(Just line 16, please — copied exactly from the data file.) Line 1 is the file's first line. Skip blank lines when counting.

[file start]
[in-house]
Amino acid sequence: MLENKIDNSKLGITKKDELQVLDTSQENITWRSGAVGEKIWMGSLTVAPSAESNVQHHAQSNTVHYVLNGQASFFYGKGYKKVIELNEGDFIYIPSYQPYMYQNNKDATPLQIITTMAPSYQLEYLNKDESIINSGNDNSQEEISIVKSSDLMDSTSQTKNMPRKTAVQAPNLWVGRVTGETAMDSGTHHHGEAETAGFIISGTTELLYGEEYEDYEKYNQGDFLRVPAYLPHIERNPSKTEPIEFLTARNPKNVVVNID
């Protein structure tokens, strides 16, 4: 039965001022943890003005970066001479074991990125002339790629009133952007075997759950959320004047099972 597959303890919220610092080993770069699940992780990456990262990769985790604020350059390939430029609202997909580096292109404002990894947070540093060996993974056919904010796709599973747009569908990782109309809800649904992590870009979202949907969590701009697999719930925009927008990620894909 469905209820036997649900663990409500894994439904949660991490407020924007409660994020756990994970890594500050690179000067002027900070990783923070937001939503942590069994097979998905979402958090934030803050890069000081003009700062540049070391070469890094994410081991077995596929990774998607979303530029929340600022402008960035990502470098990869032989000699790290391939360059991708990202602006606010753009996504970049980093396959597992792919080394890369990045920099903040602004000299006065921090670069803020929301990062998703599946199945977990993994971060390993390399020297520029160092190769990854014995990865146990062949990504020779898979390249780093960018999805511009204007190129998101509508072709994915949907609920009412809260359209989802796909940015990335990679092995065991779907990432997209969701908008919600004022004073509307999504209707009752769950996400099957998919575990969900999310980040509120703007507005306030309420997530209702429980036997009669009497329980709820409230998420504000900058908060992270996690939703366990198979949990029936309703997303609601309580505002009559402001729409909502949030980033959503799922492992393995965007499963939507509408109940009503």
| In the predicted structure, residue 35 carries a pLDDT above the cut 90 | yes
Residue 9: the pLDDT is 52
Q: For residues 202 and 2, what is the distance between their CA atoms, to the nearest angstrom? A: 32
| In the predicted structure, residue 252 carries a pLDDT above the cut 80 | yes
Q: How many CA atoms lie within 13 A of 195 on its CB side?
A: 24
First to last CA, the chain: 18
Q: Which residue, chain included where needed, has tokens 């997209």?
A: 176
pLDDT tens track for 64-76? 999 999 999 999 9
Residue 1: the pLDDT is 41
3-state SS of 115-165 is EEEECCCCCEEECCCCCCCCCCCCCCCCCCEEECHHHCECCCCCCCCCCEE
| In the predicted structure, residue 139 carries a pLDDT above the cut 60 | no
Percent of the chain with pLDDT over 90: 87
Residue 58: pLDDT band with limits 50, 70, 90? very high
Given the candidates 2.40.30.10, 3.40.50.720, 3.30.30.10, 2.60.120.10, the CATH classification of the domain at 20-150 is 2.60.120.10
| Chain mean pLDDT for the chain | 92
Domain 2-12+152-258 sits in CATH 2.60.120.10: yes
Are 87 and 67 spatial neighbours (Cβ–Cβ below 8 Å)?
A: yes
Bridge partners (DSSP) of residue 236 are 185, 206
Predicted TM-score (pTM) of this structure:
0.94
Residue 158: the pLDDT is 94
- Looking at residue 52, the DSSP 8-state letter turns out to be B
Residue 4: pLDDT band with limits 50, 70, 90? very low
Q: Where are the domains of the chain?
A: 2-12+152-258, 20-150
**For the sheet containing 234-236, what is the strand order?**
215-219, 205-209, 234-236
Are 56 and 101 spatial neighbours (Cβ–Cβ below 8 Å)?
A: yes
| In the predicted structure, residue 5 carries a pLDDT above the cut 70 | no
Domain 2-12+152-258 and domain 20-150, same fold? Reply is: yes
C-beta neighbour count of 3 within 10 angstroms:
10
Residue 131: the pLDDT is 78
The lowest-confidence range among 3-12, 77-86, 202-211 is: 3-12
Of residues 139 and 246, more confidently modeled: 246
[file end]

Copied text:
| In the predicted structure, residue 139 carries a pLDDT above the cut 60 | no